Steve Newall, Flicks Editor
Perhaps because its reputation preceded it, this took me multiple attempts to get through the opening scenes—repeatedly stopping the film late at night and literally checking windows and doors were locked. After a few failed attempts, I made it through the whole thing, and this mix of jump scares, home invasion horror, abuse and transcendental sadism has stayed with me ever since. Controversial, and sometimes lumped in with New French Extremity and torture porn movements, Martyrs is tough going, but in the service of narrative purpose, not seemingly out to revel in its disturbing moments as is the case with some of its early 2000s counterparts.
Liam Maguren, Flicks Assistant Editor
I’m not really into David Lynch or surreal cinema, but his 2001 Hollywood horror grew eight legs and crawled into my head. A nightmare made visible, the film’s demented dream logic continually distorts a seemingly straightforward story about stardom. It warmed me up to thinking any freakish thing could happen around the corner, and when a scene literally slow-walked the camera towards a particular corner, the trembling tension of not knowing what would come out had my mind begging “Don’t take me there, don’t take me there, don’t take me there.”
Aaron Yap, Flicks writer
Halloween night, some 20 years ago. I loaded an unmarked VHS into a VCR hooked up to a small TV. 90 minutes later, what I watched redefined the word “scary” for me. Although some might consider its cursed video premise dated in this streaming era, Hideo Nakata’s highly prescient Ringu is probably still my benchmark for the Perfect Scary Horror Movie. The lingering sense of dread, indelibly creepy images, and shuddering force of its shock ending left me fearing for my life weeks after viewing.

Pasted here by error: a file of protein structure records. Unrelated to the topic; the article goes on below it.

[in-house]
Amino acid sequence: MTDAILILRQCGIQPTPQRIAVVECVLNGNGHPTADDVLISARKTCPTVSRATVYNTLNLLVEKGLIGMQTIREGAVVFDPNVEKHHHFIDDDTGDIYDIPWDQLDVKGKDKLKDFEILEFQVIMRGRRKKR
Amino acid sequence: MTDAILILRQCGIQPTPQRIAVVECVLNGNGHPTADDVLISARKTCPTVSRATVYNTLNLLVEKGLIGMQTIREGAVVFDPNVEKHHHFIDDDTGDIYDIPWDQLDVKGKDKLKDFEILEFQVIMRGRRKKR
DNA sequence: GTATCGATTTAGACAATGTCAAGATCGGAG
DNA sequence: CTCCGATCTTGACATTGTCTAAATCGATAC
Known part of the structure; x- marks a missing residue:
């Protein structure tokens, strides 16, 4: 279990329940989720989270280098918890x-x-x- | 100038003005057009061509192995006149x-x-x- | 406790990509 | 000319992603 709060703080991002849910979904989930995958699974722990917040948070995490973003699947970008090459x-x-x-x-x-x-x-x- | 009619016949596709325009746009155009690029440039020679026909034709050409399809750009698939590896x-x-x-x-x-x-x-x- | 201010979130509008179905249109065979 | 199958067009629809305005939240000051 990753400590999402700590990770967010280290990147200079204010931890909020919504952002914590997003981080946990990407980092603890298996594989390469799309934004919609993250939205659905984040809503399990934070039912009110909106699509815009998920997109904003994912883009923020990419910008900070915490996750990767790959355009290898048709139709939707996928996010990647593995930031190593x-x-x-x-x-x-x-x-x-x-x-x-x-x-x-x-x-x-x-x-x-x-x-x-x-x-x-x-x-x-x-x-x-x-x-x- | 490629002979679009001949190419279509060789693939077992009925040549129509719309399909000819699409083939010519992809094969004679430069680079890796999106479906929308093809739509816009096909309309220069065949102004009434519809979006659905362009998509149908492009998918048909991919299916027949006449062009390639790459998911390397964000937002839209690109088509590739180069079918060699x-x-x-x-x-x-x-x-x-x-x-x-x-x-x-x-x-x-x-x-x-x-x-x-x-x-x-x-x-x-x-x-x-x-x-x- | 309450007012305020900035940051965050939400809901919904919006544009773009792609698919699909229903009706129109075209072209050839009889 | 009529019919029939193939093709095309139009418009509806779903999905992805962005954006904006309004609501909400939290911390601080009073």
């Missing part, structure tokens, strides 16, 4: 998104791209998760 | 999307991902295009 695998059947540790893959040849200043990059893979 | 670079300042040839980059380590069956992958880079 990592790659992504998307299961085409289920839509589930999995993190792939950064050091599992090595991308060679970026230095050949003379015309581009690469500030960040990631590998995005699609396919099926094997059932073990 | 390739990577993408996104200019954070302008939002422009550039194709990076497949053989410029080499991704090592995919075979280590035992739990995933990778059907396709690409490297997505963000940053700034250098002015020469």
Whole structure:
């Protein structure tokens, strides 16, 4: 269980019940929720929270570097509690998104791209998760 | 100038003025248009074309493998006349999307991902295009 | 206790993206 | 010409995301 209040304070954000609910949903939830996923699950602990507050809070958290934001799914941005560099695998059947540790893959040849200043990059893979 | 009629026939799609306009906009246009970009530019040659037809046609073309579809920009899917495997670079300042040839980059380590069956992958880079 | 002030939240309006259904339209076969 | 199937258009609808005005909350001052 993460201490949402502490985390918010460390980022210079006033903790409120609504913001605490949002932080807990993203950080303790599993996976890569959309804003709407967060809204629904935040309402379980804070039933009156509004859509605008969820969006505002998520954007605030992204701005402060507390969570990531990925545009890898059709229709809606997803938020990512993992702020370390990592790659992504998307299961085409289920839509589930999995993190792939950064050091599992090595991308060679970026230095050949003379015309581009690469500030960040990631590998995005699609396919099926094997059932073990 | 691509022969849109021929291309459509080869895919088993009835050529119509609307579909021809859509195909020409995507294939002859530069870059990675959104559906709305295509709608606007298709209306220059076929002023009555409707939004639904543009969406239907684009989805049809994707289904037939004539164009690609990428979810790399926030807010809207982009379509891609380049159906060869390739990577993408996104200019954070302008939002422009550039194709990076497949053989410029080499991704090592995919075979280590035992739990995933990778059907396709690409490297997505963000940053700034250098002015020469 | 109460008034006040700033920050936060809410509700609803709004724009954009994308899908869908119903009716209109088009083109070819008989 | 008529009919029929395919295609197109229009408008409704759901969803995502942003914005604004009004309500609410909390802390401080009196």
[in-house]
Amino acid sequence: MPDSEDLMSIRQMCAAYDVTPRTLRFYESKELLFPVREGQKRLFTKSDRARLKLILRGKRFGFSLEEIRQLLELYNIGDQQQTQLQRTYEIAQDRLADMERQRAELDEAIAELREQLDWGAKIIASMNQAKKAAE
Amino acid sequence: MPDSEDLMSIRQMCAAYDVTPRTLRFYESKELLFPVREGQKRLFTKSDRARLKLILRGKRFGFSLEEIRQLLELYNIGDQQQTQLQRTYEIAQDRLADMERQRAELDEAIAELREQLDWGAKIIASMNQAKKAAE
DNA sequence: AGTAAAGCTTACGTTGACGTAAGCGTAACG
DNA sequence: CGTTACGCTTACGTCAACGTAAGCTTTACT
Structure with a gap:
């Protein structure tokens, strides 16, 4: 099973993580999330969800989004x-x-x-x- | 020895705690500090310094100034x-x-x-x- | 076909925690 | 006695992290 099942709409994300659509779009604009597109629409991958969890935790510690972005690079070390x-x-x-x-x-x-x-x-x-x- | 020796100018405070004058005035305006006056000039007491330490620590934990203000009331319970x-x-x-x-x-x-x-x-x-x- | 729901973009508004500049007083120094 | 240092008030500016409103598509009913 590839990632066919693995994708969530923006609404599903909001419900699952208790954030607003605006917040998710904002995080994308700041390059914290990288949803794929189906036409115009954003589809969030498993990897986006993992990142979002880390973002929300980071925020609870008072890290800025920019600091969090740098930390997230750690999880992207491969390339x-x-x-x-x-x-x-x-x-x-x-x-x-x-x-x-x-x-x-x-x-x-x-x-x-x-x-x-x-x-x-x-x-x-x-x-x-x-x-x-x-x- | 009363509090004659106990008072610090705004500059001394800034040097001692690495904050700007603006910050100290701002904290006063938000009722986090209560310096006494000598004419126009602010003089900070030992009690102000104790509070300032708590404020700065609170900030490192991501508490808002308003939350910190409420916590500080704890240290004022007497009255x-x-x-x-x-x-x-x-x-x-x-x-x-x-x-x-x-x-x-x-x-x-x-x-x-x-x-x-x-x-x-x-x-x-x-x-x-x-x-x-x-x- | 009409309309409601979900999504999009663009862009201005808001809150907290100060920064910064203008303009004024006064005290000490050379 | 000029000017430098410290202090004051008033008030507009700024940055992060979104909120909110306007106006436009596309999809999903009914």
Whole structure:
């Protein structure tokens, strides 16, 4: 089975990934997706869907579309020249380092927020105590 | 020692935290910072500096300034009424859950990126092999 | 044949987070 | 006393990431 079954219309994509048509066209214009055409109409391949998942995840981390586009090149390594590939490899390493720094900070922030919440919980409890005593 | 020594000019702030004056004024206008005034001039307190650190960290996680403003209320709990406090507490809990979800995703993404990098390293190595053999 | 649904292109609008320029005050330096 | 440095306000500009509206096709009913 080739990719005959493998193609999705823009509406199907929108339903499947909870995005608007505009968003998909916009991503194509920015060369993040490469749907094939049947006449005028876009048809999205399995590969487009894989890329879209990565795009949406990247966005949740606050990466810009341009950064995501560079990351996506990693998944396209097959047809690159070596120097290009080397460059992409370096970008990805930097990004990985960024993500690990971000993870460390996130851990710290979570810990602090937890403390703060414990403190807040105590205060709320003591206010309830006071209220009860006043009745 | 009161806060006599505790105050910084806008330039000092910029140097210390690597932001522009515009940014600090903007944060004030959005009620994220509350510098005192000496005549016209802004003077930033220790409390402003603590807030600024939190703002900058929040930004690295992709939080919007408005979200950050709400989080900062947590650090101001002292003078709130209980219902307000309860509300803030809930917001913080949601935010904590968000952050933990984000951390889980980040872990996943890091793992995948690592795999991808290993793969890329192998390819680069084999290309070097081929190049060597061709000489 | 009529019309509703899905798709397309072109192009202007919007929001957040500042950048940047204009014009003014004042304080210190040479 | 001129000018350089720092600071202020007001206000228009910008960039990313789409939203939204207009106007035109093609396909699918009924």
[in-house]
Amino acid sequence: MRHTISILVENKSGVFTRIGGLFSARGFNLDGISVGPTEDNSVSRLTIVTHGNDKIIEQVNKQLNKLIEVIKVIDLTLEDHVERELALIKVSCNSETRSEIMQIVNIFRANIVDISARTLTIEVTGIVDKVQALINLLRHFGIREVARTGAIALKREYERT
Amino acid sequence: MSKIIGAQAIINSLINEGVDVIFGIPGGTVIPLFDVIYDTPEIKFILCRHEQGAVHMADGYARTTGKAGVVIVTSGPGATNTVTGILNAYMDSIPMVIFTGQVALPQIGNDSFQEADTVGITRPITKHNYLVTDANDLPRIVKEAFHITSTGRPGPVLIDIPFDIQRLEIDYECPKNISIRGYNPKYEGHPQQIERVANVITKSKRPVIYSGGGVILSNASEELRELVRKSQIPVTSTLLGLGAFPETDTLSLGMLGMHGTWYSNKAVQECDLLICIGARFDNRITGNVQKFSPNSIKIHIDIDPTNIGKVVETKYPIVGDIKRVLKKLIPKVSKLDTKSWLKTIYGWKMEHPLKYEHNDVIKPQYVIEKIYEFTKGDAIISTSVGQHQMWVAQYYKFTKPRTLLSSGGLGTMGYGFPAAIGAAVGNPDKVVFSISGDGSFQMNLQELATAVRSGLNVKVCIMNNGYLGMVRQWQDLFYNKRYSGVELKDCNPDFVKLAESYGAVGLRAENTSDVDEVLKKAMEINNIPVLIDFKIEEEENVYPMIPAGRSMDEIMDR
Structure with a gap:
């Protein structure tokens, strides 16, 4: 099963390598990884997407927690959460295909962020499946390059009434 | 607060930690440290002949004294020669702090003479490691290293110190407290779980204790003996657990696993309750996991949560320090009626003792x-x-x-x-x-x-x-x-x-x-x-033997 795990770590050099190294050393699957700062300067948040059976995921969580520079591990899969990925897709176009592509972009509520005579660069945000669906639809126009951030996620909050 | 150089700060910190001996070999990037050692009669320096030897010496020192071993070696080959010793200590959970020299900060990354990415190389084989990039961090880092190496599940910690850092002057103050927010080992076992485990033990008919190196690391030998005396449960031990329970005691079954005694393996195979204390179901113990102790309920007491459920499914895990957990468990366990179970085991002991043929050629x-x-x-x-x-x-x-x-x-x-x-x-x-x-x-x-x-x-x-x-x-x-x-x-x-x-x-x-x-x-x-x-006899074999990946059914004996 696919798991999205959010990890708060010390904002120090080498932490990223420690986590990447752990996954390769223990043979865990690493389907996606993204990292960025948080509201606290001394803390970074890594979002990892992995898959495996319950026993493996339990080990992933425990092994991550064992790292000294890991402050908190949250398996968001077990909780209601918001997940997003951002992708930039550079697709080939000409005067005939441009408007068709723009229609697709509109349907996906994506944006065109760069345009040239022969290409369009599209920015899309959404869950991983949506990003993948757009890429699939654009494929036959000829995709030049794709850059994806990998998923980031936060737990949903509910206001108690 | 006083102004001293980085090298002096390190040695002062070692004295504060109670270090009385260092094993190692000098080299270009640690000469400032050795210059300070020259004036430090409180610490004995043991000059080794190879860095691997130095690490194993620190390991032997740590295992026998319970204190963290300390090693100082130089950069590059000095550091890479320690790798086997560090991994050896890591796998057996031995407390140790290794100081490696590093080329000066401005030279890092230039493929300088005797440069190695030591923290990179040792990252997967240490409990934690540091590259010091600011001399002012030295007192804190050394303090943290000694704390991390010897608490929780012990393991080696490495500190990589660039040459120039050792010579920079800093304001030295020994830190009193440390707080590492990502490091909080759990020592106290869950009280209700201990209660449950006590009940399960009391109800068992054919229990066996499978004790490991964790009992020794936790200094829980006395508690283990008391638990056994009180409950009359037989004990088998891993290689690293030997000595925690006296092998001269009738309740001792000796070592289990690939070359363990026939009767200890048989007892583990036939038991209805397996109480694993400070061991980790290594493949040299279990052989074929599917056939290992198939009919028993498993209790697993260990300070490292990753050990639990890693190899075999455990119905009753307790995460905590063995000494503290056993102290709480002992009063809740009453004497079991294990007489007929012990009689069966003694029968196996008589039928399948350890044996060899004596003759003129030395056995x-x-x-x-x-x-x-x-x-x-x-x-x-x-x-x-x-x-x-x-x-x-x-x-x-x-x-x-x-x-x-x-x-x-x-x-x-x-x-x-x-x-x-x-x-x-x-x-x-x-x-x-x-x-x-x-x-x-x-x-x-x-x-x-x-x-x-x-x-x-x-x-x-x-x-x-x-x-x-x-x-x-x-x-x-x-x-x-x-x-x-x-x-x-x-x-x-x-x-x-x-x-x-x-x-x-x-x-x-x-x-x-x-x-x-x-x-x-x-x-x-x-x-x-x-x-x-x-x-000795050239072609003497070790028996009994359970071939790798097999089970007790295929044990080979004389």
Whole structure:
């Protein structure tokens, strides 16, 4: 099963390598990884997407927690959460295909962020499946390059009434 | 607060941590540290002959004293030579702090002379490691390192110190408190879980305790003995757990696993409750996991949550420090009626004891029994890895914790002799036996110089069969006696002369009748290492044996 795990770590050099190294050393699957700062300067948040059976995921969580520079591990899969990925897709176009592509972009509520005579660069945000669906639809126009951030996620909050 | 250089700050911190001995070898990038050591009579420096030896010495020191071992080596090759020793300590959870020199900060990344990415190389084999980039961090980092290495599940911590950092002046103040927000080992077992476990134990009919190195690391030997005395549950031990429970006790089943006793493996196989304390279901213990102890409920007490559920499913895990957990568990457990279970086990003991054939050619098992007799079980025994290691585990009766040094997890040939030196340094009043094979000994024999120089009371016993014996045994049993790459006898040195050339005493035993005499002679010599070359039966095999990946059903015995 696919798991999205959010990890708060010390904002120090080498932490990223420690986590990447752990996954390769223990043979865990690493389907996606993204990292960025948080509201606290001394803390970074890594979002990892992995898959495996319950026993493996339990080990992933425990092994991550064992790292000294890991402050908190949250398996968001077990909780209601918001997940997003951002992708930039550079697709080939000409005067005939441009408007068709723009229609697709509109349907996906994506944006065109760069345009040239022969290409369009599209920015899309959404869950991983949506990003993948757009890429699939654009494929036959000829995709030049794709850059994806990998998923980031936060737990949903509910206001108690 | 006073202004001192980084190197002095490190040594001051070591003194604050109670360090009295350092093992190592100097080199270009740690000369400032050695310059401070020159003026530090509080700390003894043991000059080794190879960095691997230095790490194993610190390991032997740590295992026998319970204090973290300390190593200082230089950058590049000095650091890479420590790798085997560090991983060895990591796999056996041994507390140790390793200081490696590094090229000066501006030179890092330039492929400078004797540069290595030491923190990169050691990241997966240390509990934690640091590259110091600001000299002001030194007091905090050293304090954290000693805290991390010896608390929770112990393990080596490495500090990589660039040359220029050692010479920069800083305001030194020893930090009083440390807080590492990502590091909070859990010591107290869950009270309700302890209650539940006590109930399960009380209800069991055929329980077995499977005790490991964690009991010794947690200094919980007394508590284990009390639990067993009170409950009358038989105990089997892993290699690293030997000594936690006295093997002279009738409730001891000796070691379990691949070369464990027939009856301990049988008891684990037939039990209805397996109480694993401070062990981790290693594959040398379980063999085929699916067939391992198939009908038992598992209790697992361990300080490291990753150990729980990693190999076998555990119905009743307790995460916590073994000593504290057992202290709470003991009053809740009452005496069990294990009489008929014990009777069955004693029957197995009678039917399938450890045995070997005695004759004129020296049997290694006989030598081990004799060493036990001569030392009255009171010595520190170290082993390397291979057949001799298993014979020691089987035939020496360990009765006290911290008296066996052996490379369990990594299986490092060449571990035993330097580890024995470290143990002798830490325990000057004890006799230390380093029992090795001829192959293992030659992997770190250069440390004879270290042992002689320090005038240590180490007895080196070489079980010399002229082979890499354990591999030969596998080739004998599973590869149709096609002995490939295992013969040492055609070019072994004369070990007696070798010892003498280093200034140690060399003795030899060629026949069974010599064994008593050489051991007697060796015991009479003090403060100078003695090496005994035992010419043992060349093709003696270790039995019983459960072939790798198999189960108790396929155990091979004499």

Matt Glasby, Flicks writer
Joel Anderson’s unassuming 2008 Aussie horror has been passed back and forth by UK horror critics like a banned VHS. It’s a (fake) documentary about a grieving family haunted by regrets (and more). But what makes it so powerful is that the “hauntings” are so subtle, and the grief so palpable, that anything seems possible. The results are creepy as hell.
Adam Fresco, Flicks writer
I love horror. Body horror? No problem. Grotesque, exploding bits, devils, the supernatural and rubber monsters? All good. But if there’s one thing that scares me it’s anything, well, real. Injections? Yeuch. The worst. That’s why the most uncomfortable time I’ve ever had at the movies was a screening of zombie-maestro George A. Romero’s 1978 flick Martin in which a young guy believes himself to be a vampire… Dark, brooding and blood-soaked family drama, it’s all too disturbingly realistic. Superb, scary, brilliant, bold, unsettling, unique, tense and terrifying–just the thought of Martin makes my spine shudder and my butt clench!